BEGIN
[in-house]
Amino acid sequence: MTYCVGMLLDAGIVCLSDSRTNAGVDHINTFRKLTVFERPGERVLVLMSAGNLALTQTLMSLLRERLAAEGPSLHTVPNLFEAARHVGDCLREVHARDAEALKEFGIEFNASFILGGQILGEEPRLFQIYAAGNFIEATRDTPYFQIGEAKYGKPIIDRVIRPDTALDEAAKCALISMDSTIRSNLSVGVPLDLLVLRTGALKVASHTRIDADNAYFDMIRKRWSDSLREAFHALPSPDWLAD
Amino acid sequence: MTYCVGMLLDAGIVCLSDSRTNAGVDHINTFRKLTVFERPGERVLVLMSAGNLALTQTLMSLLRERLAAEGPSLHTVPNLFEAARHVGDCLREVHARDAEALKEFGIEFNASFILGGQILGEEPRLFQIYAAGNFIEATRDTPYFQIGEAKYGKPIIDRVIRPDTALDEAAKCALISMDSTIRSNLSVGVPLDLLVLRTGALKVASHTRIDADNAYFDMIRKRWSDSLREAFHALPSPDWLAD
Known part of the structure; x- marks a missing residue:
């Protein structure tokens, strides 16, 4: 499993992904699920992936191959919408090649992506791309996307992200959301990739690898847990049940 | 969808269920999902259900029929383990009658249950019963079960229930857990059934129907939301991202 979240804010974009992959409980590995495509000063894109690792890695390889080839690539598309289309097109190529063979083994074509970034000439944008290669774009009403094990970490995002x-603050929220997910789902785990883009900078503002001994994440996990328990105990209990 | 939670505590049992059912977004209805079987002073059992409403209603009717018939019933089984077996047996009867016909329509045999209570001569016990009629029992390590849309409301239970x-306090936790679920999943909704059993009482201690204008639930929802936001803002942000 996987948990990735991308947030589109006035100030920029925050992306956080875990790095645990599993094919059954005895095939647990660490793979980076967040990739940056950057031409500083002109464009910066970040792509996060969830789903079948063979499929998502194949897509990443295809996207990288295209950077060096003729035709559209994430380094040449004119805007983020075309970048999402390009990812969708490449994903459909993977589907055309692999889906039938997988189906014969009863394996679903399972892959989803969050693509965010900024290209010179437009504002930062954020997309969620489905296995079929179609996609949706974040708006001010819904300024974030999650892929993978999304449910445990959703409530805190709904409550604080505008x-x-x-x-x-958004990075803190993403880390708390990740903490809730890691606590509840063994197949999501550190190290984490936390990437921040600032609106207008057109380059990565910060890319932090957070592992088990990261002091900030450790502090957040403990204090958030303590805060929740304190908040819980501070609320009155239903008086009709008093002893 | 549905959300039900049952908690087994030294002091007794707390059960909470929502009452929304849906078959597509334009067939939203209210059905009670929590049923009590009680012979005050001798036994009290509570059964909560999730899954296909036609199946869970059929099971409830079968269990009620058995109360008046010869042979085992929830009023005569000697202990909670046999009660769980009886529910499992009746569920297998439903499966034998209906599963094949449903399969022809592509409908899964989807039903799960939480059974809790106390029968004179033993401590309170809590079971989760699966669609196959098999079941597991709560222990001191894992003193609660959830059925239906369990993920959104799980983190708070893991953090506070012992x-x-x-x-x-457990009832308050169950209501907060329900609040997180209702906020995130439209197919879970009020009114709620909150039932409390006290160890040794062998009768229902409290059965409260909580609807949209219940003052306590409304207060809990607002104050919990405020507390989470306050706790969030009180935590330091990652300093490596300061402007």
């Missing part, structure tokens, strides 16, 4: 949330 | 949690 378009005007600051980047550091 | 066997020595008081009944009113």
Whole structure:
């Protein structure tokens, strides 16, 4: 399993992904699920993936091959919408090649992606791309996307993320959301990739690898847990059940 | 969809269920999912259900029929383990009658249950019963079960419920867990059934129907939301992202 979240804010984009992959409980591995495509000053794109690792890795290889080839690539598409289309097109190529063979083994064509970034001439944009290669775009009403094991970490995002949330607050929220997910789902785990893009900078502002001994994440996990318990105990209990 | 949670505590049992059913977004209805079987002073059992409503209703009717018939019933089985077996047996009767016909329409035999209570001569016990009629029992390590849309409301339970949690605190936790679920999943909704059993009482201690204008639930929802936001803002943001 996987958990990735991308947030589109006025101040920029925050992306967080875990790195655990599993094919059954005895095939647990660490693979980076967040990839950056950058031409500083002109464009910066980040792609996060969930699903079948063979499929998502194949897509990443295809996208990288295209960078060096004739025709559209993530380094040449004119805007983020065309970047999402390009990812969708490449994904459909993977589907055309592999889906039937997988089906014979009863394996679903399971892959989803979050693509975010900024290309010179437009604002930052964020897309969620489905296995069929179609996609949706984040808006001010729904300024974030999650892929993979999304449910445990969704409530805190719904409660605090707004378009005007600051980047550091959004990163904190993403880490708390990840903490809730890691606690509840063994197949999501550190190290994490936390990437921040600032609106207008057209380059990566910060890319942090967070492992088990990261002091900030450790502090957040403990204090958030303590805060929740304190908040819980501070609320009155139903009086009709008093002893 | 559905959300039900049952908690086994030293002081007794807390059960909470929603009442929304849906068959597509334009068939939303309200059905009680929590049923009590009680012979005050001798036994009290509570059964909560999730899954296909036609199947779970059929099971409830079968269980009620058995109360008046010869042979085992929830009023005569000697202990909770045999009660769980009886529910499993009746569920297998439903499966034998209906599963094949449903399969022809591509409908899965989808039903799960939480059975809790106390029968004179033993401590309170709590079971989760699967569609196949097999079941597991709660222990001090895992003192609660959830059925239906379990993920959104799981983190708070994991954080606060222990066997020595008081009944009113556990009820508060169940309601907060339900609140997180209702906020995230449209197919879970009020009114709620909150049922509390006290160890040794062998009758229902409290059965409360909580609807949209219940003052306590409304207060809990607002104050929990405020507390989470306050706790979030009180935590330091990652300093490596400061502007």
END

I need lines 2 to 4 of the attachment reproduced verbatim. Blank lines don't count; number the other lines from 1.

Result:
Amino acid sequence: MTYCVGMLLDAGIVCLSDSRTNAGVDHINTFRKLTVFERPGERVLVLMSAGNLALTQTLMSLLRERLAAEGPSLHTVPNLFEAARHVGDCLREVHARDAEALKEFGIEFNASFILGGQILGEEPRLFQIYAAGNFIEATRDTPYFQIGEAKYGKPIIDRVIRPDTALDEAAKCALISMDSTIRSNLSVGVPLDLLVLRTGALKVASHTRIDADNAYFDMIRKRWSDSLREAFHALPSPDWLAD
Amino acid sequence: MTYCVGMLLDAGIVCLSDSRTNAGVDHINTFRKLTVFERPGERVLVLMSAGNLALTQTLMSLLRERLAAEGPSLHTVPNLFEAARHVGDCLREVHARDAEALKEFGIEFNASFILGGQILGEEPRLFQIYAAGNFIEATRDTPYFQIGEAKYGKPIIDRVIRPDTALDEAAKCALISMDSTIRSNLSVGVPLDLLVLRTGALKVASHTRIDADNAYFDMIRKRWSDSLREAFHALPSPDWLAD
Known part of the structure; x- marks a missing residue: